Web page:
OPINION – Routinizing Sustainability in Macau: An Institutional Approach

Carlos Noronha

Vice President, Executive Council

Macau Institute for Corporate Social Responsibility in Greater China (MICSRGC)

At the time of writing this article, the COVID-19 pandemic is still causing the daily loss of lives worldwide and the availability of vaccines has currently become a hot topic of discussion.

An article published in The Lancet in December 2020 postulated a perspective that the virus could be a result of climate change, and the two have been described as converging and interwoven crises. The problem of climate change is undoubtedly human-created while COVID-19 has generally been accepted as a zoonotic crisis. The former, as broadly known, has led to increased mortality rates (human or zoonotic) due to temperature change, deforestation, migration, and has eventually led to the extinction of biological species. It is not surprising to see the chain reaction on how these misfortunes result in a zoonotic metamorphosis which in turn reverts back upon humanity.

With the pandemic still not fully under control, the United Nations’ plan of achieving the Sustainable Development Goals (SDGs) by 2030 appears to become more and more remote. Nevertheless, with the recent return of the US back to the Paris Agreement and China making more solid promises on carbon emission reduction, we can still play our part in contributing to the attainment of SDGs. In this article, I wish to present a few tactics from the field of institutional theory to suggest how business entities, large or small, can play a role in making sustainability a part of their daily routines.

Lawrence and Suddaby, researchers in organization studies, have described three stages of institutional work, namely “creating institutions”, “maintaining institutions” and “disrupting institutions”, and have suggested a topology to explain the entire framework of institutional work. I shall try to select some of the elements in this topology and apply them to the situation of business institutions in Macau.

Firstly, at the “creating” level, “advocacy” (through strong regulatory forces) and “defining” (constructing rules) are the basic foundations for an institution. In the case of Macau, advocacy largely relies on governmental enforcement and the making of rules through legislation. However, it is worth noting that most governmental and legal initiatives in Macau remain at the “environmental protection” level while the SDGs have many more far-reaching destinations. As such, at the “creating” level, many large-scale enterprises in Macau, especially the gaming enterprises have developed their own “advocacy” and “defining” tactics through what we call the “constructing normative networks” and “mimicry” actions by paying reference to well-established international standards of sustainability reporting. Utilities companies in Macau have also selected applicable SDGs and mimic other established institutions worldwide to implement such SDG practices.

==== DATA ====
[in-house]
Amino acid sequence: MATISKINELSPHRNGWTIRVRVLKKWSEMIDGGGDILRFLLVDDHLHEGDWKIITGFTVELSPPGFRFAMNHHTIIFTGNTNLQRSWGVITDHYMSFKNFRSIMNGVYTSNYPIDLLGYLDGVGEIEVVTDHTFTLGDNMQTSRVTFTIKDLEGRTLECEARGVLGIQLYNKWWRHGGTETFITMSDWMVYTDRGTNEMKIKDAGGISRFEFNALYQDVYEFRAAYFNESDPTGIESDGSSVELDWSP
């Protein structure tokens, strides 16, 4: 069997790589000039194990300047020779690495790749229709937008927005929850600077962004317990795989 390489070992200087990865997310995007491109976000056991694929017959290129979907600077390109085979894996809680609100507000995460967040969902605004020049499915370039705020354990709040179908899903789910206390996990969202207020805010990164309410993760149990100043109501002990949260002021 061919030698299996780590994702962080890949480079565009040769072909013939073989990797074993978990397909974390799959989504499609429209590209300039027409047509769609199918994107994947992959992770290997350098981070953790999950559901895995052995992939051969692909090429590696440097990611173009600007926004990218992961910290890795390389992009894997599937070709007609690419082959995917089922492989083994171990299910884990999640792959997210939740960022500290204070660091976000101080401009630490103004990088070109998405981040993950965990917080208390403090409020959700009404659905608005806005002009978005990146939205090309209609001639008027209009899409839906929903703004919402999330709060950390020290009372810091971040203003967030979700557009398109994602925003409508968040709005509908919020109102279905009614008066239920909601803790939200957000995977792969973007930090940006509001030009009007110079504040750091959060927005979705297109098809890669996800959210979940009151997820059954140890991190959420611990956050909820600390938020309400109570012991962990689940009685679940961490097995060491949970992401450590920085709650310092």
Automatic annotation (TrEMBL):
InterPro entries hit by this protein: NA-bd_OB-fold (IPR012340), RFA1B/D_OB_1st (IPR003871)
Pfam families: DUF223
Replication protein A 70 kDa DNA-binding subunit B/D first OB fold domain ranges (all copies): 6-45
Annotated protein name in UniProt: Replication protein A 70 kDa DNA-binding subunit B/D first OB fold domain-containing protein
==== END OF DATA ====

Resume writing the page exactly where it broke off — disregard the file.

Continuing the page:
In the second phase, once an institution has been established, how do business entities “maintain” the institution? “Policing” is one essential element of this phase as third-party verification of sustainability activities or reporting is still not that popular, probably due to high monetary costs. Efforts can be made to divert “policing” to other “incentive-based” initiatives such as solid government awards (advocacy) through contests or rewards. Also, at the “maintain” stage, “educating” is another extremely important responsibility to be taken up, not only by the business entities, but also by the “advocacy” groups. Many gaming and hospitality enterprises in Macau are investing a lot in this facet by conducting workshops and supporting related seminars and even going into the schools.

Finally, the last stage is “disrupting institutions”. This looks a bit frightening but in Lawrence and Suddaby’s words, this means disconnecting rewards and sanctions from some sets of technologies or rules. In the case of Macau, I would rather put it this way: when philanthropy such as charitable donations no longer excite people, a business entity should take this as routinized and should seek another stage of sustainability goals. The current problem is that many business entities, large or small, or medium, remain at the status quo of CSR-as-philanthropy while there are many other SDGs to be pursued. Especially related to Macau, labor relations could be one pressing agenda for betterment. For sure, we are also aware of the materiality constraint of SDGs and the applicability to Macau’s social and economic conditions, but through this institutionalization process of CSR and sustainability, business entities, large and small, can actively take part in this global mission.